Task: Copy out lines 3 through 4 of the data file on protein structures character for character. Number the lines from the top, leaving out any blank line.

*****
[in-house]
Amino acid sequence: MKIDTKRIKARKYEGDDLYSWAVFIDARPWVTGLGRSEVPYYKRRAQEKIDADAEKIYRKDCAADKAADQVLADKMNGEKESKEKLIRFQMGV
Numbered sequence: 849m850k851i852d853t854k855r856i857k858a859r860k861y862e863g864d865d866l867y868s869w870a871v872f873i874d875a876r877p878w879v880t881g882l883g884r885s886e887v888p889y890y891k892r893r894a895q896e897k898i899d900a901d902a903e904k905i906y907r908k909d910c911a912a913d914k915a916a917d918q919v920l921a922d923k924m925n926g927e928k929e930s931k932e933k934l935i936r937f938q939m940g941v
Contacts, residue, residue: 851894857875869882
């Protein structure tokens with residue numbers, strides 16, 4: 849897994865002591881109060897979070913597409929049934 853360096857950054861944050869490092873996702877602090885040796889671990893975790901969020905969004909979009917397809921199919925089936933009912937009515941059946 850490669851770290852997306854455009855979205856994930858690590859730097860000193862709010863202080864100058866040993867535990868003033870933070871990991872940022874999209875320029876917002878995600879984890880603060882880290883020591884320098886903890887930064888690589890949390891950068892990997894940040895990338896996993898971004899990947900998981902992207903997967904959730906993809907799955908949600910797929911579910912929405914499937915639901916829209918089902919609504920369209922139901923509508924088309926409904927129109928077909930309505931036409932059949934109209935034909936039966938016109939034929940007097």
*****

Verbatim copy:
Numbered sequence: 849m850k851i852d853t854k855r856i857k858a859r860k861y862e863g864d865d866l867y868s869w870a871v872f873i874d875a876r877p878w879v880t881g882l883g884r885s886e887v888p889y890y891k892r893r894a895q896e897k898i899d900a901d902a903e904k905i906y907r908k909d910c911a912a913d914k915a916a917d918q919v920l921a922d923k924m925n926g927e928k929e930s931k932e933k934l935i936r937f938q939m940g941v
Contacts, residue, residue: 851894857875869882